out some of the short-comings. Harris hoped to drive Germany to sur-

render before D-day, but the aim of his crews, despite a long series of

technological and tactical remedies, remained too poor to produce

concentrated devastation. Of 9,560 bombers which reached the target

in nineteen major raids, 625, or 5.8 percent, were shot down, about 70

percent of them by Luftwaffe night fighters; 2,690 R.A.F. personnel

died. "The Luftwaffe hurt Bomber Command more than Bomber Com-

mand hurt Berlin."106 In the Summary Report of the United States

Strategic Bombing Survey, dated 30 September 1945, the investigating

committee stated that "Allied air power was decisive in the war in

Western Europe . .. [but] the 'full effect' of the collapse caused by air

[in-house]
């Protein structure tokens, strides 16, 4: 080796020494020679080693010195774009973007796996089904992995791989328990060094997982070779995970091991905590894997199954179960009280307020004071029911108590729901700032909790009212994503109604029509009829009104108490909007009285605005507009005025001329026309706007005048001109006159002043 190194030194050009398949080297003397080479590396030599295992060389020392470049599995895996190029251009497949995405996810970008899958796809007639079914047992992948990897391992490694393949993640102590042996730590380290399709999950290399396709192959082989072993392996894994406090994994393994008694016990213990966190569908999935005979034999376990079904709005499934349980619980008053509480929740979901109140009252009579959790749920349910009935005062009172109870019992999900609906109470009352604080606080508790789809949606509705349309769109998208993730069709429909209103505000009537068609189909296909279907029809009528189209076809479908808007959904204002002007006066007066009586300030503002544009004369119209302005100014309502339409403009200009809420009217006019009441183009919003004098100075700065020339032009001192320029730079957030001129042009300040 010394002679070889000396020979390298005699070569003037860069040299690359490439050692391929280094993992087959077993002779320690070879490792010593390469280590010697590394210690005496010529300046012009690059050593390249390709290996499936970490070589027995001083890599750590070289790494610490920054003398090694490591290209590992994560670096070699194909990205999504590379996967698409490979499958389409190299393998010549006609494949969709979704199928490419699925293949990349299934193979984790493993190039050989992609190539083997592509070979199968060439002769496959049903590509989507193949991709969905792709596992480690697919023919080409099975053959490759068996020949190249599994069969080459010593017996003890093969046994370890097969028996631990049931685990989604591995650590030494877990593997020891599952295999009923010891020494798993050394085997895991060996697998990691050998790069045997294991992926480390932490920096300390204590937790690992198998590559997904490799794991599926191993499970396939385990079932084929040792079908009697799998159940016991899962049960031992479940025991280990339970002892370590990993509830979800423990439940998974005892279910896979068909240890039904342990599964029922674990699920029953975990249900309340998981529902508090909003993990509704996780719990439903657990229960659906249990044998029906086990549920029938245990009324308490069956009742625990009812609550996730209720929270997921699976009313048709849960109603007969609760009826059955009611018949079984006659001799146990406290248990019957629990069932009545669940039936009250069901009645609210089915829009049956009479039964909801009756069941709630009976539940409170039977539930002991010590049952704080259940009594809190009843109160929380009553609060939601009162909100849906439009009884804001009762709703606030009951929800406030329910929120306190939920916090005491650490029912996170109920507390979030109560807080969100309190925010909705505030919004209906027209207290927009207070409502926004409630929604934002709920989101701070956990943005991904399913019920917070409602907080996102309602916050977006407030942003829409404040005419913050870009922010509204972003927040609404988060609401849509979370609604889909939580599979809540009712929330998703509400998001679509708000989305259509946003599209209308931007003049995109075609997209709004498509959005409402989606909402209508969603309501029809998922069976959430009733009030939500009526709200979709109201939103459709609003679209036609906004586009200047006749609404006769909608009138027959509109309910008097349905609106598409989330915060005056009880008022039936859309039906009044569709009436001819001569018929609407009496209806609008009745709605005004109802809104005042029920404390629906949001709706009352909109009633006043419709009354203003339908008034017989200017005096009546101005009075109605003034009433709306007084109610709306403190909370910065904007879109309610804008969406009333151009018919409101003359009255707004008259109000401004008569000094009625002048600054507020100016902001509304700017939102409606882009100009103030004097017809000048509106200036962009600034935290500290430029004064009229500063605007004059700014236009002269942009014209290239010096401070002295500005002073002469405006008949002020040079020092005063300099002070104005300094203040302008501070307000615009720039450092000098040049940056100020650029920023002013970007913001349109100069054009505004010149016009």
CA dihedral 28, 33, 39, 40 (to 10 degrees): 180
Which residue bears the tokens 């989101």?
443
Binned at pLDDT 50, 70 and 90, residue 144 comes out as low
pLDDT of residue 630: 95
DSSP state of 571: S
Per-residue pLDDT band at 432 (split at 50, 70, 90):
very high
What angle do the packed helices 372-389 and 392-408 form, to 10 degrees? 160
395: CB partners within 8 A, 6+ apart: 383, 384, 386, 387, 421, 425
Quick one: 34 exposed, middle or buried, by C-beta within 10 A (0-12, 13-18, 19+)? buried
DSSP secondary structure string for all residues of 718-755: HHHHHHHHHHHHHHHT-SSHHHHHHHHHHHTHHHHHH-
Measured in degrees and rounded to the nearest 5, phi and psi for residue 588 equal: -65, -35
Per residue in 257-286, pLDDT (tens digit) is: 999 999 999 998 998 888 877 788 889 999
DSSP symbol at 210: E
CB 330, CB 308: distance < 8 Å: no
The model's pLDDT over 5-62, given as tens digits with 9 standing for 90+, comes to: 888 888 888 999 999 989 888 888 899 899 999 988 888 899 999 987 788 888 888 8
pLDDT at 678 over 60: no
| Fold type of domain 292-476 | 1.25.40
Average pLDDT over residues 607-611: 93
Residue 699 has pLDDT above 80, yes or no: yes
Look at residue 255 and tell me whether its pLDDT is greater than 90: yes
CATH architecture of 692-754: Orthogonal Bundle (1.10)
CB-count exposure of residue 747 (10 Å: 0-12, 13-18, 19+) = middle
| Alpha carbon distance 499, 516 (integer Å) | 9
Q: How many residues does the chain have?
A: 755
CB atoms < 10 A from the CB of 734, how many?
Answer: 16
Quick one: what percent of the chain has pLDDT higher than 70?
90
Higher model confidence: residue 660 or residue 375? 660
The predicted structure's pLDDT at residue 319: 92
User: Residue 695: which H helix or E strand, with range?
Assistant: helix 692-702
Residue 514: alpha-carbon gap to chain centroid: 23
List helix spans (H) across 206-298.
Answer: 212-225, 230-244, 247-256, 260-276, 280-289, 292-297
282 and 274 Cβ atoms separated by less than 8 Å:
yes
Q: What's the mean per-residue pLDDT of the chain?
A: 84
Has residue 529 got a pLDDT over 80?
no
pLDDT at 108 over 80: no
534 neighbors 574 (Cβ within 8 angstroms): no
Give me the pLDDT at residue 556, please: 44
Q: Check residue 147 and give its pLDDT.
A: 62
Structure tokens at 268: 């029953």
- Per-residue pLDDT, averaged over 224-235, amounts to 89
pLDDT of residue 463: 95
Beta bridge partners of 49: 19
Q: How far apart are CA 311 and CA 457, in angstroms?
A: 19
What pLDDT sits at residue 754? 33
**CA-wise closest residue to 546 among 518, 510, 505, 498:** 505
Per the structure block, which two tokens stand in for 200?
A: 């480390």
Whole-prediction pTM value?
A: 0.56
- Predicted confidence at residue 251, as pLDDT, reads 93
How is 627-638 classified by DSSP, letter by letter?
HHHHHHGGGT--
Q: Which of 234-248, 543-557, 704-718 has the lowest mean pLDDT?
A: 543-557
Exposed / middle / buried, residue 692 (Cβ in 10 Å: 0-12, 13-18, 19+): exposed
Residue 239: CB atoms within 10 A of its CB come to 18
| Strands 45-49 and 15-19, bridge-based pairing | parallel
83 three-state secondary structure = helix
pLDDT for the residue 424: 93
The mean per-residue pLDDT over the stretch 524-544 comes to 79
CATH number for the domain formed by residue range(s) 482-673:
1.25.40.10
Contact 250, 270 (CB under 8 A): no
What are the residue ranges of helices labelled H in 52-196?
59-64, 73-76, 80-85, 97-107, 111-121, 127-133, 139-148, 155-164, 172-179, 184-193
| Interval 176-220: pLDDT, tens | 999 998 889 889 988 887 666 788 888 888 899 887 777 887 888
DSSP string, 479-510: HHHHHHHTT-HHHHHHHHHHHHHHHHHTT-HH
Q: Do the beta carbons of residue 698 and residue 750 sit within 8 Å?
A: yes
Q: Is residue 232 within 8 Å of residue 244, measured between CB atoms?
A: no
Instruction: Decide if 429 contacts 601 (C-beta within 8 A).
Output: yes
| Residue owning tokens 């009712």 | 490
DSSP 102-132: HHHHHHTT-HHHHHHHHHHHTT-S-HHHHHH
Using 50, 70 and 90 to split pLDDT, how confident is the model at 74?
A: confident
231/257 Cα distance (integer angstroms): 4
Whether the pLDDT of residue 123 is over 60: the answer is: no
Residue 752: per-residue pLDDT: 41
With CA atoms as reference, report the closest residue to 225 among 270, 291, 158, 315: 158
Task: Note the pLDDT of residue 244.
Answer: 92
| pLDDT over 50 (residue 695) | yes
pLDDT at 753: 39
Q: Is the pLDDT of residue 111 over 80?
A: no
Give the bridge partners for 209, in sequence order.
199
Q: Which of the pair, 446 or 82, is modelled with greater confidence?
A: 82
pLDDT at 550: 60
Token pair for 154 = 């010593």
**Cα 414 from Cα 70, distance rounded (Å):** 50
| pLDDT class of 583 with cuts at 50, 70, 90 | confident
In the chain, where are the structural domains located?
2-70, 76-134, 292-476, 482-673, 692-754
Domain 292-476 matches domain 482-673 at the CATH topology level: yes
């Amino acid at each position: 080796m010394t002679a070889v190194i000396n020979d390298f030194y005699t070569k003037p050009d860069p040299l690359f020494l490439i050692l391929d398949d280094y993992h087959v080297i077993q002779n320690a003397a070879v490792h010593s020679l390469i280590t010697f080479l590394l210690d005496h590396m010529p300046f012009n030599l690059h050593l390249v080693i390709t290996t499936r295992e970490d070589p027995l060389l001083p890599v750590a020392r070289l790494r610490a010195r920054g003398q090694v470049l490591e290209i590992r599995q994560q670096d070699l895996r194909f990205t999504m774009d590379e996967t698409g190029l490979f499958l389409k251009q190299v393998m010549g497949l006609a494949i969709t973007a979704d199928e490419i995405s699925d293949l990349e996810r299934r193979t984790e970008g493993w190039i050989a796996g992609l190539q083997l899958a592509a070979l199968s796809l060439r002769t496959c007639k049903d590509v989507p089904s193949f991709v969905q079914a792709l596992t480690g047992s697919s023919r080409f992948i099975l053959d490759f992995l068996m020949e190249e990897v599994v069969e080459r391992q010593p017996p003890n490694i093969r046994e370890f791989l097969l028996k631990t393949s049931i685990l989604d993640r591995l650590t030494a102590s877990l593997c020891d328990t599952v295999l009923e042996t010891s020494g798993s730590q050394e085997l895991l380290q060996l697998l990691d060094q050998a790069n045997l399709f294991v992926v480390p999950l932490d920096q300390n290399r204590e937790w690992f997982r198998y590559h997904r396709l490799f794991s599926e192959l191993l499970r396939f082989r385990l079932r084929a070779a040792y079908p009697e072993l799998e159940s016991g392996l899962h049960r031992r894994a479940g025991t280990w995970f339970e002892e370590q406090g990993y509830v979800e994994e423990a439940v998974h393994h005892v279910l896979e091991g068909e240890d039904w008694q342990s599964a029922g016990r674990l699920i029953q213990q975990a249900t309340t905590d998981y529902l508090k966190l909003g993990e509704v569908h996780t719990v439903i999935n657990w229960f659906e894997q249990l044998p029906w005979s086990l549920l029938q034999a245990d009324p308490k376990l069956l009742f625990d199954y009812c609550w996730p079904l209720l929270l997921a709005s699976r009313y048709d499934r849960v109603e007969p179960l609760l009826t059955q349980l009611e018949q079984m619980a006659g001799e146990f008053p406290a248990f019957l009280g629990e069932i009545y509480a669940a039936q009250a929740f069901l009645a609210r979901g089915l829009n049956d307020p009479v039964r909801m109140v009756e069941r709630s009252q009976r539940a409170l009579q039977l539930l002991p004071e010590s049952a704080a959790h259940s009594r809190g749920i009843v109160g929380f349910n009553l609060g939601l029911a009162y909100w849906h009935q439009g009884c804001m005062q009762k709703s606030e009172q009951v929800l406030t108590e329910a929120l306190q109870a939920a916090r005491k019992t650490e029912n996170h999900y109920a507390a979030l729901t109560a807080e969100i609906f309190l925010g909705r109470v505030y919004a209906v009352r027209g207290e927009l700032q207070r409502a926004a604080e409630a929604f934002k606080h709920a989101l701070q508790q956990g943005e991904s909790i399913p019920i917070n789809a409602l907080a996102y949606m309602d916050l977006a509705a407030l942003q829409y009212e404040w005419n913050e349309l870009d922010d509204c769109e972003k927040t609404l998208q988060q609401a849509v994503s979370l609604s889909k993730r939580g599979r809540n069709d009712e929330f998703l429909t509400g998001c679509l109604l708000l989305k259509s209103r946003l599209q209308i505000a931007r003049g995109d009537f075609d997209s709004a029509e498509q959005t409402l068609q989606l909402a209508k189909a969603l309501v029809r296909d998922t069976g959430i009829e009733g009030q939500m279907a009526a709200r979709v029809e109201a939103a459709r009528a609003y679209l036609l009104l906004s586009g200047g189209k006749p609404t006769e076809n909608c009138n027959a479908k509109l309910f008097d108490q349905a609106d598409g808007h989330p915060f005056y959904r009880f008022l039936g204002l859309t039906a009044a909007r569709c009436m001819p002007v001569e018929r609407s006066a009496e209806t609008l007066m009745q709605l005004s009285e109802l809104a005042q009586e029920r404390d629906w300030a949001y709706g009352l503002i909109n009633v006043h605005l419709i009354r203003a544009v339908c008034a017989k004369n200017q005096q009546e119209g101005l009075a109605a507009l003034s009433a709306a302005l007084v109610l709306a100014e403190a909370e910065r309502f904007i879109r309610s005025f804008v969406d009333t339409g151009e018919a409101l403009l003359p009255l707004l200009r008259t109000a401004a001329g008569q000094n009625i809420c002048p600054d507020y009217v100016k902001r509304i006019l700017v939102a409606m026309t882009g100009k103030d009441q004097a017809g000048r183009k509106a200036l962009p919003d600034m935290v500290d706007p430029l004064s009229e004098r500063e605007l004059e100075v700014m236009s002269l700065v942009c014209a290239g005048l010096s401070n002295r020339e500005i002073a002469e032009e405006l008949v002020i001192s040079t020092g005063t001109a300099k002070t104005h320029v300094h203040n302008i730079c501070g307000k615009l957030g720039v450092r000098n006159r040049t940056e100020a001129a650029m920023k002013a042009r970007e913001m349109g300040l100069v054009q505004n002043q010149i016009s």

power . .. had not reached the enemy's front lines when they were

overrun by Allied forces."107 Furthermore, "Air power had not yet

reached maturity" in 1945, so clear-cut conclusions about its impact

could not be made. 108

The equivalent British survey, not made public, came to similar

conclusions. Charles Webster and Noble Frankland argue that both

reports contain many areas of doubt about the degree of bombing

impact. "There is indisputable evidence that area bombing practiced in

the strategic offensive against Germany did not produce any sensible

effect on German production of armaments until the closing

months,"109 or after Allied land forces were over Germany's frontiers.

There are other doubters of heavy bomber decisiveness, among them

106. Martin Middlebrook, The Berlin Raids, R.A.F. Bomber Command, Win-